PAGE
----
Over the past few years, the growing proptech sector has begun to overturn, albeit slowly, consumer relationships with the property industry. Digital innovation has introduced greater transparency to the market, allowing those buying, selling, renting and even investing, to cut out the ‘middle man’ and take control of the process. With more of a direct relationship with the consumer, the businesses behind them – often start-ups – can launch with a brand ‘purpose’ that quite clearly puts customer need at the heart of the proposition. That said, if Purplebricks’ recent run-in with the ASA tells us anything, it’s that brand purpose must be more than just a signal. Yes, it needs to make business sense, but the product offering also needs to hold up to scrutiny and genuinely offer a better alternative.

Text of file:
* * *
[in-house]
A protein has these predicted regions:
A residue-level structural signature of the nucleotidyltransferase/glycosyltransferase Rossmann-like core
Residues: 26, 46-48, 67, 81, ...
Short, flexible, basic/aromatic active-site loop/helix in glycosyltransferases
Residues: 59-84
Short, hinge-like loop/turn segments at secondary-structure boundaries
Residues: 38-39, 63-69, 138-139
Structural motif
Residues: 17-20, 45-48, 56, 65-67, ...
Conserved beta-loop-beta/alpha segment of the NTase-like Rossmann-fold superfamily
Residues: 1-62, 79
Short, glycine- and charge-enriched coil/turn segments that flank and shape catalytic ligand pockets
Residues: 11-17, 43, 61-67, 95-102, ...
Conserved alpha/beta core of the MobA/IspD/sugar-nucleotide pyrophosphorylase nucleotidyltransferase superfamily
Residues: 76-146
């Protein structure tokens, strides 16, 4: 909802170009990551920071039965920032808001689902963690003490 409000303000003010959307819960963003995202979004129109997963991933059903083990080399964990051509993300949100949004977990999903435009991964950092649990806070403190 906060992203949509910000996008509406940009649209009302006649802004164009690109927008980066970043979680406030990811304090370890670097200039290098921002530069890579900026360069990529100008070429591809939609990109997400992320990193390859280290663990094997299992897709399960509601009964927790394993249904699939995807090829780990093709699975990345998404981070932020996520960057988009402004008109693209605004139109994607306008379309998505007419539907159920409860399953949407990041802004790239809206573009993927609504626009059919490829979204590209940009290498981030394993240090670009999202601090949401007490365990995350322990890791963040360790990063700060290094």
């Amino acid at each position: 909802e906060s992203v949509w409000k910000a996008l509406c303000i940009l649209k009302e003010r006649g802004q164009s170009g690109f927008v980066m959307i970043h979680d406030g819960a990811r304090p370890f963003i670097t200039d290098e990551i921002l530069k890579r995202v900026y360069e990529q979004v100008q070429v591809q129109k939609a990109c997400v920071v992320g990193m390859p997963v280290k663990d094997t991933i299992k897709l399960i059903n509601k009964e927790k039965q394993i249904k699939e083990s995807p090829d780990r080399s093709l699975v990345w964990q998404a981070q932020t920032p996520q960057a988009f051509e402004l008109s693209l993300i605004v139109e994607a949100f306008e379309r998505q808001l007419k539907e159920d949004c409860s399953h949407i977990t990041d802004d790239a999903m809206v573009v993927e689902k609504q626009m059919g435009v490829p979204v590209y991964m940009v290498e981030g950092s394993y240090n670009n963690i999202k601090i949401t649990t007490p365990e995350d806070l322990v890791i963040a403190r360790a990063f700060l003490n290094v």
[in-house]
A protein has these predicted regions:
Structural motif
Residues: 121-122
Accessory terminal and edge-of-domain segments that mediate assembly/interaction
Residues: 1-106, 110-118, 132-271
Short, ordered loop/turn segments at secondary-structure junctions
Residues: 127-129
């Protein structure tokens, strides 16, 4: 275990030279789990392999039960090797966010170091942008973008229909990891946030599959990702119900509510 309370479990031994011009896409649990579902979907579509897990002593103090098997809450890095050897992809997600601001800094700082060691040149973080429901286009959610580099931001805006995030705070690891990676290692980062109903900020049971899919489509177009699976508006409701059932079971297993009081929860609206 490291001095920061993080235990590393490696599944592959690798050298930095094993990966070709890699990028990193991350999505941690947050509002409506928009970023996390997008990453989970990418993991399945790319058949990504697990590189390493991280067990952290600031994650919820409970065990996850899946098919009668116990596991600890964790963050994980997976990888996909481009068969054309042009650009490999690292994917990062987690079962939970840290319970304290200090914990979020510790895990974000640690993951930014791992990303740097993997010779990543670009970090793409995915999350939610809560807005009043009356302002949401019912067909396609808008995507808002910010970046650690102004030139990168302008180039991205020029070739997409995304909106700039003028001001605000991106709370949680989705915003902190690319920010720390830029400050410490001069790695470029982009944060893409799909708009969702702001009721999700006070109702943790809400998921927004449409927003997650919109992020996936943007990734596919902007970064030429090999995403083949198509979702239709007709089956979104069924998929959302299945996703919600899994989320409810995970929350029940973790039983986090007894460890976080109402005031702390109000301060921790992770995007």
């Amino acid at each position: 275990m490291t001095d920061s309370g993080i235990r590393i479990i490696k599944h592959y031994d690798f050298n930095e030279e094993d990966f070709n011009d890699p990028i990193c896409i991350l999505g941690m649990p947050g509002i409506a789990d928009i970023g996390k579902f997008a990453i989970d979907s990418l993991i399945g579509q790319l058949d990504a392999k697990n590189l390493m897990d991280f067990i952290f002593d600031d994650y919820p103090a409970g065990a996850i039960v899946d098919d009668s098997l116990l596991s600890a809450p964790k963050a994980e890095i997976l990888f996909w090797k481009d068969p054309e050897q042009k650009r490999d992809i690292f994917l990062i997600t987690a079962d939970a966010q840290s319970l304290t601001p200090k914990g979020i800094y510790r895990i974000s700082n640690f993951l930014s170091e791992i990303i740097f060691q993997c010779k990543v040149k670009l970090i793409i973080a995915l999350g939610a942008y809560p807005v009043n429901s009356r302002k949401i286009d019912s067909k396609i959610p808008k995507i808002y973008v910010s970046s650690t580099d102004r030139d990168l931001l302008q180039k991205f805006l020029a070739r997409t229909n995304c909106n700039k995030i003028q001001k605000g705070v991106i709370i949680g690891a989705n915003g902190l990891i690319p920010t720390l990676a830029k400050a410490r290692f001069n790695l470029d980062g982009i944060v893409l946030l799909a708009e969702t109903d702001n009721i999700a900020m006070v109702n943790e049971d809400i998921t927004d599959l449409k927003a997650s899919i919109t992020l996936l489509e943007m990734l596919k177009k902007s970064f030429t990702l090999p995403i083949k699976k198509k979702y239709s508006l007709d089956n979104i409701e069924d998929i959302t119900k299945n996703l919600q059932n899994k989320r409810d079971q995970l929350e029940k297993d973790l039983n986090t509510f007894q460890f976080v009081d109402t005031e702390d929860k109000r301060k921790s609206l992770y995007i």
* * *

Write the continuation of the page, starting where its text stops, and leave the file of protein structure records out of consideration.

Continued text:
Looking to the more established property businesses, there is certainly a case for reviewing what the existing brand purpose is, if there is one, and ensuring it’s something that filters through every segment of the company. This includes its employees as the ones actually dealing with customers and ensuring that promise is delivered on a daily basis. In the UK, our relationship with property has always been focused on ownership; “an Englishman’s home is his castle.” With the growth of PRS, on the other hand, renting is increasingly becoming a viable option as a lifestyle choice as well as a stepping-stone to ownership. Whatever route people choose, trust in the business they choose to help put a roof over their heads is crucial, as is a purpose that goes beyond empty statements. Whether it’s ensuring a quick sale, rental standards, property management or customer service, it ideally needs to be a specific statement that can be seen through. If that can be achieved, recognition and loyalty will follow – and that is ultimately what makes business sense.